The re-programming of post-natal somatic cells to induced pluripotent stem cells (iPSCs) via ectopic expression of stem cell specifying transcription factors has many exciting potential applications for improving human health. iPSCs were initially developed in the murine model, and just a few years later, human iPS cells were created. However, there are numerous hurdles to moving iPSC forward into clinical regenerative medicine applications. First and most important are safety concerns, most seriously the consequences of administering primitive pluripotent cells that may have the potential to form tumors, if differentiation is incomplete or inefficient. Second, there are significant challenges to the efficient differentiation of iPSCs into functional adult tissues. Third, many applications require gene editing of iPSC in order to correct genetic defects, add therapeutic goes, or introduce marker genes allow tracking of iPSC-derived cells in vivo. While murine models are invaluable tools, it is critical to develop more relevant large animal and in vitro models for clinical development of iPSCs. Human iPSCs can be implanted in immunodeficient mouse strains and form teratomas, but the next steps in development, requiring functional differentiation and appropriate delivery or homing, and analysis of immune or inflammatory responses to iPSC and their differentiated progeny are impossible to model accurately in xenografts. The rhesus macaque non-human primate (NHP) model is a valuable resource to clear hurdles preventing clinical development. Teratoma formation and other safety issues can be directly assessed utilizing autologous rhesus iPSCs. Differentiation, homing and other parameters critical for efficacy can be modeled. Tissue damage models are well established in macaques. Development of rhesus iPSCs at the NIH takes advantage of our unique expertise in NHP transplantation and in the development of novel cell and gene therapies in this valuable model. We have optimized a robust protocol for derivation of rhesus macaque(rh) and human iPSCs from skin fibroblasts, marrow stromal cells, and CD34+ hematopoietic cells, with cre excision of a polycistronic lentiviral reprogramming cassette leaving a residual genetic tag for in vivo tracking, or use of a non integrating Sendai vector system, all in collaboration with the NHLBI Stem Cell Core. We were the first group to derive rhesus macaque iPSC. iPSC clones generated are pluripotent as assayed in a murine teratoma assay, express all pluripotency markers, and can be differentiated to endodermal, mesodermal and ectodermal cell types. We previously successfully developed and fully characterized an autologous macaque teratoma model, and we are currently developing analysis of levels of specific serum miRNAs as teratoma biomarkers, permitting non-invasive, whole body testing for engrafted residual pluripotent cells. We have also utilized genetic barcoding (see Project HL006063-08) to analyze clonal dynamics of iPSC clones maintained and expanded in vitro, and we have discovered markedly different behavior of individual clones, which we can now track molecularly. We have also shown that differentiation of each clone is highly variable utilizing the barcode system. Single cell studies on barcoded clones should allow identification of gene expression patterns that predict effective differentiation. We have also collaboratively shown that mutations found in iPSC are present in starting fibroblast populations, and are not substantively increased in iPSC. We have optimized CRISPR/Cas9-mediated gene editing of rhesus and human iPSC, demonstrating efficient insertion of marker genes such as CD19 or GFP into the AAVS1 safe harbor locus, placement that we have found ensures high level, constitutive and stable expression of introduced genes during prolonged iPSC passage or following differentiation to cell types from all three germ layers. We have pioneered the use of the sodium iodide symporter (NIS) into rhesus iPSC, and we are excited about the promise of using this gene as a non-invasive marker for tracking of engrafted iPSC-derived cells in vivo. NIS expression is non-toxic, does not change the phenotype of iPSC or differentiated cells such as cardiomyocytes, and allows highly sensitive and specific detection of iPSC or differentiated iPSC-cardiomyocytes in vivo via PET-CT following tracer administration. NIS is endogenously-expressed in the thyroid and radiotracer administration to detect NIS+ cells is clinically-approved. This work has been presented at several international meeting and has been submitted for publication. We have achieved very robust differentiation of RhiPSC-cardiomyocytes containing NIS or CD19 marker genes and generated sufficient cardiomyocytes for in vivo administration to macaques. We have optimized a rhesus macaque myocardial infarction model, and have begun in vivo experiments in collaboration with Chuck Murry at the University of Washington. The use of autologous Rh-iPSC cardiomyocytes carrying the non-immunogenic rhesus NIS gene will allow very long-term follow-up of engrafted cells via cardiac MRI and via PET/CT. We have demonstrated that rhesus cardiomyocytes expressing NIS can be easily detected in vivo in immunodeficient mice via PET/CT and we have shown that NIS expression and exposure to physiologic iodide or to tracer does not impact on cardiomyocyte function, most importantly electrophysiologic properties. We will assess safety, primarily regarding potential disturbances of cardiac rhythms, as well as stability of engraftment. maturation and integration of engrafted cardiomyocytes, and impact on infarcted tissue function. We are collaborating with Chuck Murray at the University of Washington to compare autologous and allogeneic delivery. We have generated iPSC from patients with the bone marrow failure syndrome GATA2 deficiency. These patients have abnormal hematopoiesis with loss of monocytes and a specific NK cell subpopulation, a high risk of both marrow failure and leukemia, and lymphatic abnormalities. The relationship between genotype and phenotype are very unclear, and by the time of diagnosis the bone marrows are depleted of HSCs, preventing pathophysiologic studies. We have derived iPSC from multiple GATA2 patients and family members and have characterized each step in hematopoietic differentiation. We have also generated isogenic pairs of GATA2 mutant and wild type lines in order to investigate the relatively subtle differences observed to date during hematopoietic differentiation from GATA2 patient versus control iPSC. We find a moderate defect in output of CD34+/CD45+ HSPC from GATA2 heterozygous iPSC, and a profound loss of HSPC output from homozygous deficient IPSC. However, we do not find specific defects in differentiation of monocytic or natural killer cell progeny from GATA2-deficient iPSC. We have used single-cell gene expression analyses to uncover pathways preventing normal hematopoietic differentiation. This work was published this fiscal year.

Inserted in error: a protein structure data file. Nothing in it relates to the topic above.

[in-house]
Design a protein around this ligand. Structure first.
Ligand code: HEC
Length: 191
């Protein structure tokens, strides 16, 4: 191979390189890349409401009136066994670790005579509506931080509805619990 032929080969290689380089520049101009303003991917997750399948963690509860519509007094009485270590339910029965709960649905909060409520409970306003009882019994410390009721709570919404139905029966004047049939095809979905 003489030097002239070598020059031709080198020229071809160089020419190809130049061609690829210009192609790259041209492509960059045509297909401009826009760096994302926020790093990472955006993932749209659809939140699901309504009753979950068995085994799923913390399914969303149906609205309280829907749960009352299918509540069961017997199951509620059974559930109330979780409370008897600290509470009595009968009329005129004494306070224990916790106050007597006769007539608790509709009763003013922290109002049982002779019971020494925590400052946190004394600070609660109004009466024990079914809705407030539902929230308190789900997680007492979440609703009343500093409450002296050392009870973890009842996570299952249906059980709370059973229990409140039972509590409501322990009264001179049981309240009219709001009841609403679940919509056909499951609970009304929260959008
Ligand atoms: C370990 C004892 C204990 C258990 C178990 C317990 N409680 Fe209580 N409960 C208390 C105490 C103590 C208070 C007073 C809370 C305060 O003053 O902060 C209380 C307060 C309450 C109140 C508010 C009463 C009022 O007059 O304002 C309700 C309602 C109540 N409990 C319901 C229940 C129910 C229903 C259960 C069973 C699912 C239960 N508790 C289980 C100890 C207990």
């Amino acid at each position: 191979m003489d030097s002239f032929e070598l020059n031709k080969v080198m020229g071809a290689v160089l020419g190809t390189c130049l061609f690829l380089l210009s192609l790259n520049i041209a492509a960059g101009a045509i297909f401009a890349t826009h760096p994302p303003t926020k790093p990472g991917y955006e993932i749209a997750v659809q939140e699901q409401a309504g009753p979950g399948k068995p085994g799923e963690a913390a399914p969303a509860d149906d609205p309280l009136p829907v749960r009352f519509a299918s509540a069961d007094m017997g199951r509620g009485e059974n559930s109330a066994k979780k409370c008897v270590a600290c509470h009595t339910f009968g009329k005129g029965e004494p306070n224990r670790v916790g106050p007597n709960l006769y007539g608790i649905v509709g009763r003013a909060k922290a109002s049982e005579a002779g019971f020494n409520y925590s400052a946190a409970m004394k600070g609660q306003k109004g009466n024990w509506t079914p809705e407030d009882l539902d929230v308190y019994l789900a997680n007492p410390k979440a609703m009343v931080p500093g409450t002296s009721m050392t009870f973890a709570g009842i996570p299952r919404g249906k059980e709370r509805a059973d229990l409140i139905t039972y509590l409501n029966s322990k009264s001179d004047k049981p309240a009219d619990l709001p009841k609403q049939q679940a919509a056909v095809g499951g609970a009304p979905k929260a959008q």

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Lin, Yongshun; Liu, Huimin; Klein, Michael et al. (2018) Efficient differentiation of cardiomyocytes and generation of calcium-sensor reporter lines from nonhuman primate iPSCs. Sci Rep 8:5907